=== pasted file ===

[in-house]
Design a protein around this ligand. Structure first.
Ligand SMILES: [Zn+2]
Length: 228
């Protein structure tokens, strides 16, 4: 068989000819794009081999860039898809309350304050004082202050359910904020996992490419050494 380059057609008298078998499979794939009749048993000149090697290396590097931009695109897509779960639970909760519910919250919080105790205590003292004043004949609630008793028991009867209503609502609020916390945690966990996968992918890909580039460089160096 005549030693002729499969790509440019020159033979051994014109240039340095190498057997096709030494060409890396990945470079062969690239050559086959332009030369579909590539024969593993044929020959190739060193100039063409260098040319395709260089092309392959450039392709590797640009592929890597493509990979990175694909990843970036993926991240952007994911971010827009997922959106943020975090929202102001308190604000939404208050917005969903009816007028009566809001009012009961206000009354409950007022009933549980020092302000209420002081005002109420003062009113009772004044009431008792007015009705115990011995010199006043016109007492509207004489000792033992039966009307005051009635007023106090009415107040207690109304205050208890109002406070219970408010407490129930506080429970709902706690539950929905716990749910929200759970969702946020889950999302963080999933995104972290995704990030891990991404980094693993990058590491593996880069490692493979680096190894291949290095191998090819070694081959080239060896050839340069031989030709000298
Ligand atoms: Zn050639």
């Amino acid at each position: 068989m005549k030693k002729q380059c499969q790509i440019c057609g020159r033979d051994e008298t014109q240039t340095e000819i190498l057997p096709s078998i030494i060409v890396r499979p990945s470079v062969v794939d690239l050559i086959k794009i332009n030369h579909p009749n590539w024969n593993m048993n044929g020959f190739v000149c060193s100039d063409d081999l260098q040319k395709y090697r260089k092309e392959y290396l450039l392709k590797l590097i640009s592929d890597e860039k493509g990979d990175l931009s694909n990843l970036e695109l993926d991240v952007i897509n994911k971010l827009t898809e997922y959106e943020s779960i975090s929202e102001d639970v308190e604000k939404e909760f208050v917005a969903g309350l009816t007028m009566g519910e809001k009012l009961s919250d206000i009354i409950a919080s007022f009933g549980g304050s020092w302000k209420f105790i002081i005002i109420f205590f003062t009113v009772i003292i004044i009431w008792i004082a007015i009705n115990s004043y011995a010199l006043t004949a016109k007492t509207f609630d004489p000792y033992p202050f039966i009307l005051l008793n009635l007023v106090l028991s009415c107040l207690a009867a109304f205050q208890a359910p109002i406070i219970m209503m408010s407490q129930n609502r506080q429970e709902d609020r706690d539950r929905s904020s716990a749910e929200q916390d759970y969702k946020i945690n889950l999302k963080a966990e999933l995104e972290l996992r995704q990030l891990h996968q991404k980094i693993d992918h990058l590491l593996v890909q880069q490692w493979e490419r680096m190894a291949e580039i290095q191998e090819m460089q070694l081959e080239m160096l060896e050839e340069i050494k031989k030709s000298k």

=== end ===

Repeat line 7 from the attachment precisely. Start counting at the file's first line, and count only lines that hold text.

């Amino acid at each position: 068989m005549k030693k002729q380059c499969q790509i440019c057609g020159r033979d051994e008298t014109q240039t340095e000819i190498l057997p096709s078998i030494i060409v890396r499979p990945s470079v062969v794939d690239l050559i086959k794009i332009n030369h579909p009749n590539w024969n593993m048993n044929g020959f190739v000149c060193s100039d063409d081999l260098q040319k395709y090697r260089k092309e392959y290396l450039l392709k590797l590097i640009s592929d890597e860039k493509g990979d990175l931009s694909n990843l970036e695109l993926d991240v952007i897509n994911k971010l827009t898809e997922y959106e943020s779960i975090s929202e102001d639970v308190e604000k939404e909760f208050v917005a969903g309350l009816t007028m009566g519910e809001k009012l009961s919250d206000i009354i409950a919080s007022f009933g549980g304050s020092w302000k209420f105790i002081i005002i109420f205590f003062t009113v009772i003292i004044i009431w008792i004082a007015i009705n115990s004043y011995a010199l006043t004949a016109k007492t509207f609630d004489p000792y033992p202050f039966i009307l005051l008793n009635l007023v106090l028991s009415c107040l207690a009867a109304f205050q208890a359910p109002i406070i219970m209503m408010s407490q129930n609502r506080q429970e709902d609020r706690d539950r929905s904020s716990a749910e929200q916390d759970y969702k946020i945690n889950l999302k963080a966990e999933l995104e972290l996992r995704q990030l891990h996968q991404k980094i693993d992918h990058l590491l593996v890909q880069q490692w493979e490419r680096m190894a291949e580039i290095q191998e090819m460089q070694l081959e080239m160096l060896e050839e340069i050494k031989k030709s000298k």